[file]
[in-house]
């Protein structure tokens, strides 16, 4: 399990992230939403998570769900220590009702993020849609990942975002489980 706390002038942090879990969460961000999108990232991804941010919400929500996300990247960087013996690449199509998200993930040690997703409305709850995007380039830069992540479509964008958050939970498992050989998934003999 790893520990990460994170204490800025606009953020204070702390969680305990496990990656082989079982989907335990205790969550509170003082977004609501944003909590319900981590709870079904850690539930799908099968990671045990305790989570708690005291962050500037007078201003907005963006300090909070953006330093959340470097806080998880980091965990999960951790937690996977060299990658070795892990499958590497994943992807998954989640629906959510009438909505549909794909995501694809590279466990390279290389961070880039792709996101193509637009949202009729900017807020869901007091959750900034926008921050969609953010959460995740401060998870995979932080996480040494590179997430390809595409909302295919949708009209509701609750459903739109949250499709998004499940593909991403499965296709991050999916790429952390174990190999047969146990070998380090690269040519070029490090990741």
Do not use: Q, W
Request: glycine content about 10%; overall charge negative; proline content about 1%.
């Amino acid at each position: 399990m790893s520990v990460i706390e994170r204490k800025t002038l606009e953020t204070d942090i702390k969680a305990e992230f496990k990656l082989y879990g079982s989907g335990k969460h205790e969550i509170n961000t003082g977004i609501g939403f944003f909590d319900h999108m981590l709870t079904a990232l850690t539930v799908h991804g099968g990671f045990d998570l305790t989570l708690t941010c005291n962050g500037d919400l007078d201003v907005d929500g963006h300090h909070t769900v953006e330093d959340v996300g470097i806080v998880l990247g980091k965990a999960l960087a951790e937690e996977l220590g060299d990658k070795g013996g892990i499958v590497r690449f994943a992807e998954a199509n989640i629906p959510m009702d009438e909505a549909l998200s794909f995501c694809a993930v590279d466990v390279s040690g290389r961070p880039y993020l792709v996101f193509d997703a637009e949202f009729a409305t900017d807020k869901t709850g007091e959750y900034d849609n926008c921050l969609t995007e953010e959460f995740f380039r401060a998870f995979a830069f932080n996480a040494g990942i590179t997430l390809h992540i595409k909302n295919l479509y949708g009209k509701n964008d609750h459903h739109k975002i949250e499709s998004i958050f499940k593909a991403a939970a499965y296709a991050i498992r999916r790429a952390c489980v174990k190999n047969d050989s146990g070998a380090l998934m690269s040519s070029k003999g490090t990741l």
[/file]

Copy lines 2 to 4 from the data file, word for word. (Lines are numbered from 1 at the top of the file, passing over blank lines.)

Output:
């Protein structure tokens, strides 16, 4: 399990992230939403998570769900220590009702993020849609990942975002489980 706390002038942090879990969460961000999108990232991804941010919400929500996300990247960087013996690449199509998200993930040690997703409305709850995007380039830069992540479509964008958050939970498992050989998934003999 790893520990990460994170204490800025606009953020204070702390969680305990496990990656082989079982989907335990205790969550509170003082977004609501944003909590319900981590709870079904850690539930799908099968990671045990305790989570708690005291962050500037007078201003907005963006300090909070953006330093959340470097806080998880980091965990999960951790937690996977060299990658070795892990499958590497994943992807998954989640629906959510009438909505549909794909995501694809590279466990390279290389961070880039792709996101193509637009949202009729900017807020869901007091959750900034926008921050969609953010959460995740401060998870995979932080996480040494590179997430390809595409909302295919949708009209509701609750459903739109949250499709998004499940593909991403499965296709991050999916790429952390174990190999047969146990070998380090690269040519070029490090990741």
Do not use: Q, W
Request: glycine content about 10%; overall charge negative; proline content about 1%.